FREEDOM OF INFORMATION COMMISSION
OF THE STATE OF CONNECTICUT

In the Matter of a Complaint by FINAL DECISION

Jim Moore and the

Waterbury Republican American,

 
  Complainants  
  against   Docket #FIC 2010-132

State of Connecticut,

Department of Education,

Contract Arbitration Panel; and

State of Connecticut,

Department of Education,

 
  Respondents February 23, 2011
       

           

The above-captioned matter was heard as a contested case on June 1, 2010, at which time the hearing was continued until the Department of Education was added as a party. The matter was then heard as a contested case on November 23, 2010, at which time the complainants and the respondents appeared, stipulated to certain facts and presented testimony, exhibits and argument on the complaint.

 

            After consideration of the entire record, the following facts are found and conclusions of law are reached:

 

            1.  The respondent Department of Education is a public agency within the meaning of 1-200(1), G.S.

 

2.  The respondent Contract Arbitration Panel maintains that it is not a public agency within the meaning of 1-200(1), G.S.[1]

 

            3. Section 1-200(1), G.S., provides;

 

    “Public agency” or “agency” means: (A) Any executive, administrative or legislative office of the state or any political subdivision of the state and any state or town agency, any department, institution, bureau, board, commission, authority or official of the state or of any city, town, borough, municipal corporation, school district, regional district or other district or other political subdivision of the state, including any committee of, or created by, any such office, subdivision, agency, department, institution, bureau, board, commission, authority or official, and also includes any judicial office, official, or body or committee thereof but only with respect to its or their administrative functions; (B) Any person to the extent such person is deemed to be the functional equivalent of a public agency pursuant to law; or (C) Any “implementing agency”, as defined in section 32-222. [Emphasis added.]

           

            4. Black’s Law Dictionary (5th Ed. 1979) defines “committee” as:

 

A person, or an assembly or board of persons, to whom the consideration, determination, or management of any matter is committed or referred, as by a court or legislature. An individual or body to whom others have delegated or committed a particular duty, or who have taken on themselves to perform it in the expectation of their act being confirmed by the body they profess to represent or act for.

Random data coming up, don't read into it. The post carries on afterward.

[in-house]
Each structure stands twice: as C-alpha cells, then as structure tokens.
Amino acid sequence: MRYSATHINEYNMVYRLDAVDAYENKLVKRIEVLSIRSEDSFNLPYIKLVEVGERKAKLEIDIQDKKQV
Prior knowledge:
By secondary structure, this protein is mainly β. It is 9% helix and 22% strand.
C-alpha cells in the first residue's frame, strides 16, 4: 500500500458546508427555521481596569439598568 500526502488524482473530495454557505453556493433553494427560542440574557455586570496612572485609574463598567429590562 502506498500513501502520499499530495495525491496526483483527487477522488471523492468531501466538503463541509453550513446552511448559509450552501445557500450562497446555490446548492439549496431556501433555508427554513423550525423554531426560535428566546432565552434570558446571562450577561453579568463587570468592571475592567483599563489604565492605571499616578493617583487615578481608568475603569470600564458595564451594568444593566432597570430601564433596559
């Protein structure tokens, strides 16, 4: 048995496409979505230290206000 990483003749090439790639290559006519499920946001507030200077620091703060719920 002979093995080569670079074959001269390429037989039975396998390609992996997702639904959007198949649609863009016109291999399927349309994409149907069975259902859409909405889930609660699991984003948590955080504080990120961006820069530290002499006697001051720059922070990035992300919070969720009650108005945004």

5. Section 10-153f, G.S., provides in relevant part:

 

(a)    There shall be in the Department of Education an arbitration panel of not less than twenty-four or more than twenty-nine persons to serve as provided in subsection (c) of this section. The Governor shall appoint such panel, with the advice and consent of the General Assembly, as follows: (1) Seven members shall be representative of the interests of local and regional boards of education … (2) seven members shall be representative of the interests of exclusive bargaining representatives of certified employees … and (3) not less than ten or more than fifteen members shall be impartial representatives of the interests of the public in general ….  Each member of the panel shall serve a term of two years, provided each arbitrator shall hold office until a successor is appointed ….  Persons appointed to the arbitration panel shall serve without compensation but each shall receive a per diem fee for any day during which such person is engaged in the arbitration of a dispute pursuant to this section. The parties to the dispute so arbitrated shall pay the fee in accordance with subsection (c) of this section.

 

(c)  (1)  [T]he commissioner shall order the parties … if there is no [mediated] settlement [pursuant to subsection (b) of this section] … to notify the commissioner of … the name of the arbitrator selected by each of them.  …  Within five days of providing such notice, the parties shall notify the commissioner of the … agreement on the third arbitrator appointed to the panel pursuant to [subdivision (3) of subsection (a) of this section]. …  If … the parties have not agreed on the third arbitrator … the commissioner shall select a third arbitrator, who shall be an impartial representative of the interests of the public in general. …  Whenever a panel of three arbitrators is selected, the chairperson of such panel shall be the impartial representative of the interests of the public in general.